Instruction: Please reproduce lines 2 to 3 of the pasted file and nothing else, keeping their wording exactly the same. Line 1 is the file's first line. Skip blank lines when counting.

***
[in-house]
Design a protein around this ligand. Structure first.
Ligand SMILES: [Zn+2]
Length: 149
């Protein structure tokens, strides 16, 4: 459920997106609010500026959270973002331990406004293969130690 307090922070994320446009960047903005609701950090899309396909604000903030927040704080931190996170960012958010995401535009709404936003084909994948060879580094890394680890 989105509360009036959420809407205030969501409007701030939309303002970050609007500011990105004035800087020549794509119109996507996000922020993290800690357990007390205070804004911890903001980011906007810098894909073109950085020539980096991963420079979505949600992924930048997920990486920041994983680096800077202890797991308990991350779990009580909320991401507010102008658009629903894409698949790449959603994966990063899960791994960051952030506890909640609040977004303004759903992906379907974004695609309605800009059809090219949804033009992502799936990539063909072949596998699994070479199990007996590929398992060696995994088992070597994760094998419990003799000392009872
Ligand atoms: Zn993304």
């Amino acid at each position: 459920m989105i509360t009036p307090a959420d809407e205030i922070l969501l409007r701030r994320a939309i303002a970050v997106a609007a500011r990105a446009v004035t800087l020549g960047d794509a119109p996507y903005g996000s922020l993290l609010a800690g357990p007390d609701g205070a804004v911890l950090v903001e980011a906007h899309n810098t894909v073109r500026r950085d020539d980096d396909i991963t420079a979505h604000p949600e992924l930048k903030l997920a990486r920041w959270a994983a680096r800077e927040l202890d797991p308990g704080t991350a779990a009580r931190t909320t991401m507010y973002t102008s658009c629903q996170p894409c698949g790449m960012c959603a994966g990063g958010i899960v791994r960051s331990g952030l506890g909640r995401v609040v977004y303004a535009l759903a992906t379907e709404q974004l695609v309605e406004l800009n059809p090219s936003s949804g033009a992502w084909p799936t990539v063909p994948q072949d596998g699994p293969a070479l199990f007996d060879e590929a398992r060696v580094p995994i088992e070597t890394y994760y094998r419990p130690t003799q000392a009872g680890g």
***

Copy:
Design a protein around this ligand. Structure first.
Ligand SMILES: [Zn+2]